Production, which began in the Fall of 1924, did not proceed smoothly. Chaney, although loyal to his friends, was a hard‑boiled, exacting man. So was the director, Rupert Julian, who as an actor had been Erich Von Stroheim's nearest rival at portraying brutal Prussian officers. The director soon was embroiled in conflicts with Chaney and the supervisor, Bernard McConville. Mrs. Julian joined the fray, complicating matters further. The cameramen acted as liaison between Julian and Chaney much of the time.

Charles Van Enger, ASC, and Virgil Miller, ASC, were the principal cinematographers, with additional unit work by Stephen Norton, ASC. Van Enger was in charge of overall production photography while Miller, who had good rapport with Chaney on previous films, did most of the scenes in which the Phantom appears.

"I'd worked with Lon for years experimenting with one makeup after another," Miller said shortly before his death in 1974. "It was a challenge because he set me an almost impossible goal. He'd say, 'Virg, make me look frightening and repulsive, but at the same time make the audience love me.' He always wanted to be loved. I felt I really succeeded in THE PHANTOM."

In one famous scene the great chandelier falls into the audience, killing and injuring many spectators. This was done by lowering the chandelier slowly on a rope and undercranking the camera so that when projected the chandelier appears to hurtle down with horrifying speed. Unfortunately, the fall itself is missing from most prints existing today, which derive from a version in which the scene was shortened by order of the New York censor.

The ballet which opens the film some operatic scenes, and a sequence the Grand Masque Ball were filmed of Technicolor by Van Enger under the supervision of Edward Estabrook. The opera and ballet scenes are rather weak but the Masque is a triumph of color photography. Technicolor at that time was a two‑color process. Prisms separated the image taken by a single lens to red and green filters. Reds and oranges were recorded on one black‑ and‑white film, greens on another. In processing, the separate images were printed or very thin strips of film. The red‑filtered pictures were floated on a green dye and the green‑filtered pictures were dyed red. Cemented together, the strips yielded a surprising range of colors and good flesh tones. The film was slower than normal emulsions and required a drastic increase in lighting on the larger sets.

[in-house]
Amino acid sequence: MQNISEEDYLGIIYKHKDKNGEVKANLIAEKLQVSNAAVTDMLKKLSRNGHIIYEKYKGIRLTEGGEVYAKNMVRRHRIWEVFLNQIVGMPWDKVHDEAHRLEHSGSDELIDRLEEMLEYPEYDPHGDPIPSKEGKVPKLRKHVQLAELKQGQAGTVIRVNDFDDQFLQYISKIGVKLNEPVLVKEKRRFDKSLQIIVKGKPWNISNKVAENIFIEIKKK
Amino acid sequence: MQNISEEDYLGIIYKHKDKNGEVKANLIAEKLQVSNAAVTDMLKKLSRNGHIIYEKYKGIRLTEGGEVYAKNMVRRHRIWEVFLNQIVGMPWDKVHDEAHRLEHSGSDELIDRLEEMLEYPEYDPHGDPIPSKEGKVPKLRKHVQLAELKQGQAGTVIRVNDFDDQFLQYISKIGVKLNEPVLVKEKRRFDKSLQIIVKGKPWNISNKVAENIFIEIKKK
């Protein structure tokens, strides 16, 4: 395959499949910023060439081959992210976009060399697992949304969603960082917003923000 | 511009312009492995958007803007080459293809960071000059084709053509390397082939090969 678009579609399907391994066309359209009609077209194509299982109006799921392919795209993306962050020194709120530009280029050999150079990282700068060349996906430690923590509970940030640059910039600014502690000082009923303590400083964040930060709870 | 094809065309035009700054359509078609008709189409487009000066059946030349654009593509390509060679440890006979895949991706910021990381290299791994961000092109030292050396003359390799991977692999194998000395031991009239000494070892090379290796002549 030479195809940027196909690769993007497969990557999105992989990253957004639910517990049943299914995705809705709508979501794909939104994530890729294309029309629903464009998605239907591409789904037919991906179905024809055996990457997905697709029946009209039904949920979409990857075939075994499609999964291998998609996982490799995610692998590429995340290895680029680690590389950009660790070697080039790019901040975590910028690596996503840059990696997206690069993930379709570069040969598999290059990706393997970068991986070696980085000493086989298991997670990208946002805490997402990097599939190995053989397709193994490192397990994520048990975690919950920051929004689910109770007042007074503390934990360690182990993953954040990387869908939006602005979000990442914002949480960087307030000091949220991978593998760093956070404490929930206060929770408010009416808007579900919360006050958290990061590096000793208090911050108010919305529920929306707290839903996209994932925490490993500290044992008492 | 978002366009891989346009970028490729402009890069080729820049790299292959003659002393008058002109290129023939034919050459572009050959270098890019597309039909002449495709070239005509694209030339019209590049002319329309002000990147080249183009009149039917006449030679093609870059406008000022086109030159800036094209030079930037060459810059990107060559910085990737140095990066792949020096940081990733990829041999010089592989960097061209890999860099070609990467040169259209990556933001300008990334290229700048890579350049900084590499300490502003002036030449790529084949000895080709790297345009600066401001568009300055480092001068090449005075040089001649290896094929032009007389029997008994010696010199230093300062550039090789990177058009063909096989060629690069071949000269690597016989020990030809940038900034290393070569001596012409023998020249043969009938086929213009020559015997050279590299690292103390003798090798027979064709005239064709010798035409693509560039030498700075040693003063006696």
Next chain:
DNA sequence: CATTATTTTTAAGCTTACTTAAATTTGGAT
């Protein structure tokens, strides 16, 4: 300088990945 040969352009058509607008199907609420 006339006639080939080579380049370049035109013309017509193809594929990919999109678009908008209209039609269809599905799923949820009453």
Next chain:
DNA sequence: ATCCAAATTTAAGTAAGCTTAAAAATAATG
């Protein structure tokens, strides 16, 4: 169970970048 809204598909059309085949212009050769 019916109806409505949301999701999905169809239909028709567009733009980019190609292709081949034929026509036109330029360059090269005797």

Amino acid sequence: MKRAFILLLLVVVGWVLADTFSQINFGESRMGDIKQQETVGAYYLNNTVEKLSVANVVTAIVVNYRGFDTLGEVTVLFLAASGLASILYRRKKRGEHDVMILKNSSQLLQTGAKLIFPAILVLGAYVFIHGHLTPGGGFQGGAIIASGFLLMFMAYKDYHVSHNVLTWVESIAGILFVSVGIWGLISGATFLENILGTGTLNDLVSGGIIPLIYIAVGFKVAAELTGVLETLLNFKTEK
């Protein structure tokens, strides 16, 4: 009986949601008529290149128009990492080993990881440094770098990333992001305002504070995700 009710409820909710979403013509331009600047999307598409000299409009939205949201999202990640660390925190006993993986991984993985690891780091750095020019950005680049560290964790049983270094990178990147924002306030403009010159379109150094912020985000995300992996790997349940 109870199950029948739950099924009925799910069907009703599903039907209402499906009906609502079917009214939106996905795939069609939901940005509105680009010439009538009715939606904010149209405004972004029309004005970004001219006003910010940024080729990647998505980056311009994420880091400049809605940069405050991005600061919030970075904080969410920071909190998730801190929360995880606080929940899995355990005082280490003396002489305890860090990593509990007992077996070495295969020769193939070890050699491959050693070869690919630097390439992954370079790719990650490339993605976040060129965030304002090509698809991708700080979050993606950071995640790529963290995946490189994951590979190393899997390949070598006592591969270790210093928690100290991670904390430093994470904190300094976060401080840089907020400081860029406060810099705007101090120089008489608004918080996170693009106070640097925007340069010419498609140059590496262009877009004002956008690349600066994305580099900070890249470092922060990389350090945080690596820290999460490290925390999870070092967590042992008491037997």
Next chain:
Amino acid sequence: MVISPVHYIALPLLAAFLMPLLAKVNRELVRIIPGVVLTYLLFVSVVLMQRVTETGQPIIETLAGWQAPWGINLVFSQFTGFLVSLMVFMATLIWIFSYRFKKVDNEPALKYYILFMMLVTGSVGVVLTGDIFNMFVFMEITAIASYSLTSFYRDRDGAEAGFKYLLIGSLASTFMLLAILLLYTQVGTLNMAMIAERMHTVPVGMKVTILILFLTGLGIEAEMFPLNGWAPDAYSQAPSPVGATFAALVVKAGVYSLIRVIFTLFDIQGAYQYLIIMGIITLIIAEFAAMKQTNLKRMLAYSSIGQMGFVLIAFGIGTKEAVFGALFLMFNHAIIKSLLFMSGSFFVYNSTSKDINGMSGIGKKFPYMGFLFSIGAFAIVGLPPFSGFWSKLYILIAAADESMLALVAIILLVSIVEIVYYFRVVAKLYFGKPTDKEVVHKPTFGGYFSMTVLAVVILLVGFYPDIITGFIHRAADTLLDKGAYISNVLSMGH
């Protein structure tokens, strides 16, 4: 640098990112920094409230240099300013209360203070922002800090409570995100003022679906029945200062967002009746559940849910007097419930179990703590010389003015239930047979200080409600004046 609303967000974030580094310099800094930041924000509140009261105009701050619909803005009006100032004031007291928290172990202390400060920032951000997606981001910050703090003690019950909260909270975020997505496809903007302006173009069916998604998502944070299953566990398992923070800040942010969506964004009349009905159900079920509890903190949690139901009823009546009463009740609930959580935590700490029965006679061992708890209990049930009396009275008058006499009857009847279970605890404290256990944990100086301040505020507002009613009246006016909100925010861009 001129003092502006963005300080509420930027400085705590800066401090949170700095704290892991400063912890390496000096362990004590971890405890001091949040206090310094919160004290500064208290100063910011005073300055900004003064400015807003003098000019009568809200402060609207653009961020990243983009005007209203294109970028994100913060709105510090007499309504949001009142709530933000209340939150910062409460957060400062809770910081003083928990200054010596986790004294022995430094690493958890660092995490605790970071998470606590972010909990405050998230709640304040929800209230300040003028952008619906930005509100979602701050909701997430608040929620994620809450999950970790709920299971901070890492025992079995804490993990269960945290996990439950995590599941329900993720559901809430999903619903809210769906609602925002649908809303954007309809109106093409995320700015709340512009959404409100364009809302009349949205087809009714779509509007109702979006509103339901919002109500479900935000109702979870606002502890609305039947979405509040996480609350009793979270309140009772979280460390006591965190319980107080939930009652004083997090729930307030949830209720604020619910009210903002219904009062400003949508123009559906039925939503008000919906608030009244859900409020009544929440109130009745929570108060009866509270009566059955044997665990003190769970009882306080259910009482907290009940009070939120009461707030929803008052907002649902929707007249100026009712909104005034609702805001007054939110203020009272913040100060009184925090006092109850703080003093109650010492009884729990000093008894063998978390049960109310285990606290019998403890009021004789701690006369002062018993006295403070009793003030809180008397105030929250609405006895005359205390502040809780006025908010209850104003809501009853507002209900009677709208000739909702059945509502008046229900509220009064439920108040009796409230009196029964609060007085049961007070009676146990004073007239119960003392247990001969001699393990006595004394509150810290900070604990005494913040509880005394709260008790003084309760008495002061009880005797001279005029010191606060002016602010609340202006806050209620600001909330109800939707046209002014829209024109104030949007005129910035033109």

After some 10 weeks of work, Julian was replaced by Edward Sedgwick normally a comedy specialist, who directed the mob and chase sequences that climax the picture. Several previews were held in January, after which Sedgwick was brought back to film further sequences photographed by Milton Bridenbecker. After the official premiere, at the Curran in San Francisco on April 26, 1925, the picture was recalled and new comedy material was added featuring Chester Conklin. Eventually, all the added work other than the chase was scrapped.

Professor Gustav Hinrichs, 75‑year-old German‑born conductor formerly associated with the Metropolitan Opera, was engaged to arrange the musical accompaniment. It was scored for a 45‑piece orchestra for the initial large city play dates and for smaller pit ensembles and keyboard solos for the subsequent runs. Most of the music was adapted from Gounod's "Faust," the work being performed on stage during much of the film.

Most of the sets were dismantled and distributed to wall storage and the property departments. The auditorium, however, remained intact. Laemmle considered it a permanent asset to be used as often as practical.

It would be futile to attempt to list here all of the hundreds of pictures made on the Phantom Stage. Many have utilized the space only, with the distinctive features of the Opera House not visible. Following are a few notable films in which the set played a crucial part, and, in several instances, made the film's production possible.

The Paris Opera became the Imperial Russian Ballet Theater in THE MIDNIGHT SUN (1926), a romantic extravaganza set in pre‑Revolutionary Russia. A leading European director, Dimitri Buchowetski, staged some fantasy ballet sequences in which the costuming and settings were marvelous. Some of these appeared as stock footage 11 years later in FLASH GORDON. Laura LaPlante and Pat O'Malley were the stars and the cinematographers were Jackson Rose, ASC, and Ernest Smith.

For the superb mystery‑farce, THE LAST WARNING (1926), the Opera House became a venerable New York legit theater supposedly haunted by the ghost of an actor who was murdered onstage on the opening night of a play. The eccentric German director, Paul Leni, demanded photographic effects that lent the setting more menace than even the PHANTOM provided. Hal Mohr, ASC, was the man for the job, supplying not only weird lighting and camera angles but some virtuoso crane shots. Other touches‑such as having the facade of the theater change into the face of a grinning monster‑were added by Jerome Ash, ASC.